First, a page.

I often ponder Mary and John’s relationship after the crucifixion. Perhaps, in giving them to one another from the cross, Yeshua was recognizing the openness and surrender of their hearts to this pivotal moment in his own journey – G*d’s presence and G*d’s mystery. Perhaps he understood the great reverence with which his mother held sacred all things in her secret heart. He surely knew how her faith in life as sacramental allowed the divine spirit to work in her, with her and through her. She must have exemplified this as she raised him – he must have been aware of her enlightened, strong, faithful heart and presence as G*d’s gifts to him. How tremendous to extend these gifts to John and to know that Mary and John would spiritually heal and deepen in their mutual companionship.
Only hearts full of faith can assent to G*d even in the midst of unexpected moments that exceed human intelligence or calculation. Such events can only be comprehended in the light of a faith that perceives the hidden sense of things and situations and reveals the sacred in all things -G*d’s presence and G*d’s mystery. John had recently faltered in his faith and run from the horror befalling Yeshua. It is unknown how it is that he recovered himself and lived into being present at the foot of the cross. Perhaps, Mary assisted him in that – perhaps she reached out to him, consoled him…
A soul united to G*d’s purpose carries the seed of love incarnate in its heart. It guides the living of life as the beautiful expression of that seed unfolding toward G*d. Maybe living life in this way is the richest path of living forward the gospel. One’s life becomes a gospel narrative. Living into G*d’s purpose heart and soul continues the spiraling heart of the empty tomb – unending Love. John and Mary lived this way I am certain. Maybe together they kept all things in their hearts, especially those they did not fully understand, honestly holding an open space for the hidden sense of things that faith ensured existed; faith in G*d’s presence in every moment. “Faith is the realization of what is hoped for and evidence of things not seen” (Heb 11:1). Perhaps, focusing so much on the structured canonical gospels has diminished the vitality of the sacredness in every human life – our own lives as living gospel narratives. What would it mean if the story of the gospel is unfinished? How might we live if we stepped into the story and worked together to shape the meaning of the gospel through our lives?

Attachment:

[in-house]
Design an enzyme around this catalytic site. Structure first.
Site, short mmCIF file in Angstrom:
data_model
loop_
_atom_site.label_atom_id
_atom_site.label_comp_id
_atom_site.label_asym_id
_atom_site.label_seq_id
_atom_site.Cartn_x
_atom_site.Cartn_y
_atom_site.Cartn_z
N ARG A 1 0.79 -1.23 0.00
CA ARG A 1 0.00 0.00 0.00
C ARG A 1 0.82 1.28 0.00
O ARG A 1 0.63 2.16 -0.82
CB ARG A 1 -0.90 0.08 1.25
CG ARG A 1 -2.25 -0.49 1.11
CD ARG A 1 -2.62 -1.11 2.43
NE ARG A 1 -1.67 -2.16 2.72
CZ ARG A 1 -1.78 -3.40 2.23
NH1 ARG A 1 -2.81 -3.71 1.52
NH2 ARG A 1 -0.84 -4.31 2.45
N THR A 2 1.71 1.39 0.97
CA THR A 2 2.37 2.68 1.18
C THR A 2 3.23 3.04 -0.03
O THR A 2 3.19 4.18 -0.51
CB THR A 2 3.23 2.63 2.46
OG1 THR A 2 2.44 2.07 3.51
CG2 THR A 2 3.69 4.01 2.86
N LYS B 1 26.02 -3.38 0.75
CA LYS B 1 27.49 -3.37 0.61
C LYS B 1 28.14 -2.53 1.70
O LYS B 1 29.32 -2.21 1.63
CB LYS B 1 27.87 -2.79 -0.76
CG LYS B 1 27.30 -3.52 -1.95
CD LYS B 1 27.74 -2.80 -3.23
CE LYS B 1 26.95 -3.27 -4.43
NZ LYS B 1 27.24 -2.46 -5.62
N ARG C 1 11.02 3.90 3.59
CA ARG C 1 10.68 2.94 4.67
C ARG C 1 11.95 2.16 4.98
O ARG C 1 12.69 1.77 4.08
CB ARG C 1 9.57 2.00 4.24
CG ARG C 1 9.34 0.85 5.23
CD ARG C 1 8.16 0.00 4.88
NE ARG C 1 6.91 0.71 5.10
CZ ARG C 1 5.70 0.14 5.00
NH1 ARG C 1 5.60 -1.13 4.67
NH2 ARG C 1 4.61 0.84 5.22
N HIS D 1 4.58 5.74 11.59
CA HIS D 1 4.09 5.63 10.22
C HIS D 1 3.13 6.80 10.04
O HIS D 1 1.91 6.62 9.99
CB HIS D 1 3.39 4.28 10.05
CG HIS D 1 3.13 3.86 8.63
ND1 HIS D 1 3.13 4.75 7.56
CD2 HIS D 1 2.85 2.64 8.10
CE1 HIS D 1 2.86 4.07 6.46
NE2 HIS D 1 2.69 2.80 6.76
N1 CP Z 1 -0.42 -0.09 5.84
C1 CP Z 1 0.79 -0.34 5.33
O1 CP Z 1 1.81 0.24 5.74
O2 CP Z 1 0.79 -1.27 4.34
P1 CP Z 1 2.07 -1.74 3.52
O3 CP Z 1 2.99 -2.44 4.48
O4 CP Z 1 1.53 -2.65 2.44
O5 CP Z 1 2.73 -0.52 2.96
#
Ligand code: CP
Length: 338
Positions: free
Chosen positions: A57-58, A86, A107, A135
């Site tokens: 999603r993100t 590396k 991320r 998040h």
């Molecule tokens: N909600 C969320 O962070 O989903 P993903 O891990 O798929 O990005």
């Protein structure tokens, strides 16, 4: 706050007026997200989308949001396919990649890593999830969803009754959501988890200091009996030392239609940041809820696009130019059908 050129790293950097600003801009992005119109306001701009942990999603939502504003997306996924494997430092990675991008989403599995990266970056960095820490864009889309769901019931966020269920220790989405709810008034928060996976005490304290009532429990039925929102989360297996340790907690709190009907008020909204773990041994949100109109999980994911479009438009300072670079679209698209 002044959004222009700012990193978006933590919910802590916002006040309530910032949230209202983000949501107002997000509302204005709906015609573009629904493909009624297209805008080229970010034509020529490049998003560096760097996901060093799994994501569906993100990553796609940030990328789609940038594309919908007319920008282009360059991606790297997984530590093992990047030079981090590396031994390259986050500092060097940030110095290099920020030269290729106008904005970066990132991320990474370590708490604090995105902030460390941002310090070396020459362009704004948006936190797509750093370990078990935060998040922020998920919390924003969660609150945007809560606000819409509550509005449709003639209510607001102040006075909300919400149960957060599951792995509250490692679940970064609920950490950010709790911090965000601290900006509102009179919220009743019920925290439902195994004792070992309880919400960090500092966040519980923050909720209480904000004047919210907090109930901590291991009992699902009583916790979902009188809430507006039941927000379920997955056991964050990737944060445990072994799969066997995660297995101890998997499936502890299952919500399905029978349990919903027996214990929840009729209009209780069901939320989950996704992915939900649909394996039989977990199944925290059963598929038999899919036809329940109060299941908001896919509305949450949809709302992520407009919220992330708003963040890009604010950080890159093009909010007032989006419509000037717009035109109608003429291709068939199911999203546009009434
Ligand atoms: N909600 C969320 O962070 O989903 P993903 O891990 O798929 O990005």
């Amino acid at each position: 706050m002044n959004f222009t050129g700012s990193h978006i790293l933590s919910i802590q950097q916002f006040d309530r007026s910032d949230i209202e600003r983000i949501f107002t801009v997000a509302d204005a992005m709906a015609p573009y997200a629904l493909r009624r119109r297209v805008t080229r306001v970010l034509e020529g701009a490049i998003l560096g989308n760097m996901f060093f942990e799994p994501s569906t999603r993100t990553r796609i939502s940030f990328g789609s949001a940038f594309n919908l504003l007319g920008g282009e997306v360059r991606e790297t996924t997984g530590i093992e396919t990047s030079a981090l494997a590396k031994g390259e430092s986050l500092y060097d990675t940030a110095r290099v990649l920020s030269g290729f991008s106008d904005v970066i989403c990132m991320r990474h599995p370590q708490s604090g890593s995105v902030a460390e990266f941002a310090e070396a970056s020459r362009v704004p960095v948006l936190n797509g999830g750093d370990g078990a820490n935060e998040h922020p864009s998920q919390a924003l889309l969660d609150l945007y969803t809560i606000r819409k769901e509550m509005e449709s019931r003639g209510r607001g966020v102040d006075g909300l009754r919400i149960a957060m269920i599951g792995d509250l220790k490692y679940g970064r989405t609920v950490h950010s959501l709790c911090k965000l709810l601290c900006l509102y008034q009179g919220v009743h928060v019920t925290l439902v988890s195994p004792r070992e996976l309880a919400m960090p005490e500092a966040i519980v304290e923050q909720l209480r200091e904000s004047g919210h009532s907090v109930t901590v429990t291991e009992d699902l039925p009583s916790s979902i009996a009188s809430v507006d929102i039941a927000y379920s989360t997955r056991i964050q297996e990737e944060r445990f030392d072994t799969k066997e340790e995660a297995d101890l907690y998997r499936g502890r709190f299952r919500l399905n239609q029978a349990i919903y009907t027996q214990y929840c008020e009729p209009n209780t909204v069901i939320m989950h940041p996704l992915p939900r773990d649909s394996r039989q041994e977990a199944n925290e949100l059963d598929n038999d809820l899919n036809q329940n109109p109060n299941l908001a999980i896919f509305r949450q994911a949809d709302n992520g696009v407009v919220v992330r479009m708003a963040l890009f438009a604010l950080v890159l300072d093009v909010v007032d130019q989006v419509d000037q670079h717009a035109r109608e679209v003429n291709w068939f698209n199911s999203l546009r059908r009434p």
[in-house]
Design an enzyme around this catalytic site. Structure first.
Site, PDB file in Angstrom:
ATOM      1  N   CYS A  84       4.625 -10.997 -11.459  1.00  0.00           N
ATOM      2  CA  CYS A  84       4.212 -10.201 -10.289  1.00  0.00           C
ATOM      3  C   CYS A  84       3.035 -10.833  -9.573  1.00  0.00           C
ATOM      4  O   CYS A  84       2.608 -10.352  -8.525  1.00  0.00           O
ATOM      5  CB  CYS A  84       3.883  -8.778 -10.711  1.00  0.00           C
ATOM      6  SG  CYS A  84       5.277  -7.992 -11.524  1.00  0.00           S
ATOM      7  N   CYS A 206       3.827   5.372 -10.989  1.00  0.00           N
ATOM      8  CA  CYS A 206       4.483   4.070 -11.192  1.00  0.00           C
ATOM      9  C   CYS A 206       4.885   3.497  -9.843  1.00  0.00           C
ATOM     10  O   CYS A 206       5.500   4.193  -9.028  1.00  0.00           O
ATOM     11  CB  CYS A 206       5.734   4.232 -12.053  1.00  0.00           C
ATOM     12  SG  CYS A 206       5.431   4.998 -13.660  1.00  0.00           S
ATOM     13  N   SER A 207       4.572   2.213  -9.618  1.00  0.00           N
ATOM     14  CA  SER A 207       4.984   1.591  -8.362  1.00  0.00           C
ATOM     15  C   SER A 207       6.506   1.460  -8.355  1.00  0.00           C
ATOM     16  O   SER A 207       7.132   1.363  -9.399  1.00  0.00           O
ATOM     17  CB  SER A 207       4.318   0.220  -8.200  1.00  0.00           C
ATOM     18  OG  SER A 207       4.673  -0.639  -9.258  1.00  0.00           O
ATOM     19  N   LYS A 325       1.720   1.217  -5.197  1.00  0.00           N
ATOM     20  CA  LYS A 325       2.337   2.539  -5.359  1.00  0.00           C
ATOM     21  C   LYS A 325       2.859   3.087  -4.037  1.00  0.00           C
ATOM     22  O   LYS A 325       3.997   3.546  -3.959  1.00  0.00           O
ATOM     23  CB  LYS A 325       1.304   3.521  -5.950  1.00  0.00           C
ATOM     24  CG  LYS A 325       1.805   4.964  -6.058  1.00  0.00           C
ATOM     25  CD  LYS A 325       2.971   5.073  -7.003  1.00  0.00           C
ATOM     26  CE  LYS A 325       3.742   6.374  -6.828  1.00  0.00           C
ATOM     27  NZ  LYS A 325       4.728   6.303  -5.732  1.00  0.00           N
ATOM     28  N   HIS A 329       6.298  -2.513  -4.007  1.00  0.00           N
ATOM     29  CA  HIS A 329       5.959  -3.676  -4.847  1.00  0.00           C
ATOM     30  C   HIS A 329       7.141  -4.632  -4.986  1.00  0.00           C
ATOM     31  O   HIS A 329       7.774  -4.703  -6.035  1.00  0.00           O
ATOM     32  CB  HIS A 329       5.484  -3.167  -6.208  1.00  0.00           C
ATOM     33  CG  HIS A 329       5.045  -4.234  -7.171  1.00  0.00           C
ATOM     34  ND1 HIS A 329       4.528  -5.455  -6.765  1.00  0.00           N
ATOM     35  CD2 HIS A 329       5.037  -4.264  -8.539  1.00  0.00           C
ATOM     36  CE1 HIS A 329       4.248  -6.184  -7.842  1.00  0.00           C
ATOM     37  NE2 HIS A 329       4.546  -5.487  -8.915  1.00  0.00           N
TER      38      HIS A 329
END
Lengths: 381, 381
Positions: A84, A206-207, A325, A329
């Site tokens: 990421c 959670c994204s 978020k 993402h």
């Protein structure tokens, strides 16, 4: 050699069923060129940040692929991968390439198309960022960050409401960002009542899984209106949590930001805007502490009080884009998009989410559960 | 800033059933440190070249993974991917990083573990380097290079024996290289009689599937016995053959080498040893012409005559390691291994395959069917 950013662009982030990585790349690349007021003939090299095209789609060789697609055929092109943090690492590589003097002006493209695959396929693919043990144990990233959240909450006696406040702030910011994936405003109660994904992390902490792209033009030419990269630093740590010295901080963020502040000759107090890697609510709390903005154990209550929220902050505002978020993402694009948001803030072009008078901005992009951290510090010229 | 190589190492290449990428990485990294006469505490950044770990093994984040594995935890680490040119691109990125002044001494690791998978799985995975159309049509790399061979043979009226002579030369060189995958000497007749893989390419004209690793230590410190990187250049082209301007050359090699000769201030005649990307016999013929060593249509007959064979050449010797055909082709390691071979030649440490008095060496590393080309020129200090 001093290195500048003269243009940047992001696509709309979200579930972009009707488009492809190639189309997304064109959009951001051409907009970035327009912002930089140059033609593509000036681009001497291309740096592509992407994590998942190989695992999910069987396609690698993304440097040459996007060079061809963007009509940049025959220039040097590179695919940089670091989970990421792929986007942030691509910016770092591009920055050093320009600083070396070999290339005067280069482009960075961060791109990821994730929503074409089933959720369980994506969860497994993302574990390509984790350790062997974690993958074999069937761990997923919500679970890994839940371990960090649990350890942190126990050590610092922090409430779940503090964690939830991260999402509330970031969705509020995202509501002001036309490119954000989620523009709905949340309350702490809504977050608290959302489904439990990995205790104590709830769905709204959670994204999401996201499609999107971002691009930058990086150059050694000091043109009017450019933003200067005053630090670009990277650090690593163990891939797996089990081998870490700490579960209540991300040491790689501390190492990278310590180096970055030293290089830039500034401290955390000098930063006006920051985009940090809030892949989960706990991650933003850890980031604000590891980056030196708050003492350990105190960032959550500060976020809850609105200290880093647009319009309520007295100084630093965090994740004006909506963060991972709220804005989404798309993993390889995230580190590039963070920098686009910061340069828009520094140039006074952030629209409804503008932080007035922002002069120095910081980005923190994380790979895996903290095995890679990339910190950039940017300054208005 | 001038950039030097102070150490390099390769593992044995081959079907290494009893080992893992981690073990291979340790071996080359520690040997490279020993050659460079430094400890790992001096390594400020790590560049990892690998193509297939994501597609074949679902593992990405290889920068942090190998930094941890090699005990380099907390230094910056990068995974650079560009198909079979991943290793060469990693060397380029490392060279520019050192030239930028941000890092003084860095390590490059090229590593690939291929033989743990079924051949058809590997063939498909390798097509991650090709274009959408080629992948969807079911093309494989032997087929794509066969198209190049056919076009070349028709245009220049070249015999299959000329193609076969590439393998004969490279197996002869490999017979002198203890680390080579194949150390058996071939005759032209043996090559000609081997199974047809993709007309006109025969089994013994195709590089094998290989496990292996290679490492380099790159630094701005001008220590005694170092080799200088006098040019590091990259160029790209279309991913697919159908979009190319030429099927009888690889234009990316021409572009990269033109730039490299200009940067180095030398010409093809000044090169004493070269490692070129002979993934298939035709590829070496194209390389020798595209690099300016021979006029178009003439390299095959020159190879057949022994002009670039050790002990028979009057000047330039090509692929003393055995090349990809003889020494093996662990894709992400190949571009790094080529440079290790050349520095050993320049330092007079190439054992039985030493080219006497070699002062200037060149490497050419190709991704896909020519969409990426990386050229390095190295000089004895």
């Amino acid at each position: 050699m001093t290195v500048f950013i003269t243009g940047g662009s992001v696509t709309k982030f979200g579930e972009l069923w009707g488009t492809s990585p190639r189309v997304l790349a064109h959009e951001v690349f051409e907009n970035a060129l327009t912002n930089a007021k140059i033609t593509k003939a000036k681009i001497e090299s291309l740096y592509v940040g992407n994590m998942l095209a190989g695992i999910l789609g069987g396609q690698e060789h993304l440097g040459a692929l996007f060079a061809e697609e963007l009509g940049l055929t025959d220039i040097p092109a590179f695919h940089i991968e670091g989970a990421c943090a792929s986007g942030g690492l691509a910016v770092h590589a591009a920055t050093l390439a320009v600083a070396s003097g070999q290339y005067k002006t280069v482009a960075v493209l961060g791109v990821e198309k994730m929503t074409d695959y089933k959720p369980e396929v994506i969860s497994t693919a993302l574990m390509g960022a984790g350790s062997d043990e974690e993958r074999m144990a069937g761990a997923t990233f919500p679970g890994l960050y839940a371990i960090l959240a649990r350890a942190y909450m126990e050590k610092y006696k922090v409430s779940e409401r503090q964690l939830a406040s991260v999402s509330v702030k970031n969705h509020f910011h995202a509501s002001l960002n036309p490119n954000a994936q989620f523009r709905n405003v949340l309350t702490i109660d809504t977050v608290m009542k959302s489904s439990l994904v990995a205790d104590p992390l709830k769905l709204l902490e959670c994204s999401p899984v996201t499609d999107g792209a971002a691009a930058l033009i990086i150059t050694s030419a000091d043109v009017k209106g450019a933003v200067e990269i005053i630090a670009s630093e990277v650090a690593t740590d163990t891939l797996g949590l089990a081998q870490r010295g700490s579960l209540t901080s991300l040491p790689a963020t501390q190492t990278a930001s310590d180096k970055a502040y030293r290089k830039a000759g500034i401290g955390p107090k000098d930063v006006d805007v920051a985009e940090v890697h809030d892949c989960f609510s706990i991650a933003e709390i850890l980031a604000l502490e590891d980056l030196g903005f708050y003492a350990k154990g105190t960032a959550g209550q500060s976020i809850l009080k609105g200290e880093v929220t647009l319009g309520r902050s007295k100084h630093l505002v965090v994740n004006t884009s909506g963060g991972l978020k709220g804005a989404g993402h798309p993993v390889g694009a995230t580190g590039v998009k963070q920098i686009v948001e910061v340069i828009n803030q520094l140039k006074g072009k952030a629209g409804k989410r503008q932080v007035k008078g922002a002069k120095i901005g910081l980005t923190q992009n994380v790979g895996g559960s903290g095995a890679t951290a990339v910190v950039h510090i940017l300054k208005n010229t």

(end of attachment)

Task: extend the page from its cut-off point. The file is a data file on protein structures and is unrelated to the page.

Mary’s life has been so coopted by Christianity that she has become an archetype of western culture’s constrained view of women – much like Mary Magdalene and of course, the overlooked women disciples. What would happen if we released her from these ties that bind us? “We look not to what is seen but to what is unseen; for what is seen is transitory, but what is unseen is eternal” (2 Cor 4:18). Surely her life is an example of spiritual understanding, moral strength, unwavering faith, a commitment to the word and assisting others. Clearly, these are gifts that exceed and cannot be contained in her worldly status(woman) and qualfifications (mother)as conferred upon her by history and the church.
This Eastertide I am wondering in my heart and soul about Mary’s gospel narrative after the cross. I experience her as a living presence and as a beating heart in the communion of women. Her life makes clear to me that we are the gospel narrative – now, in this moment; and the divine spirit makes the willing heart an artist of the living word.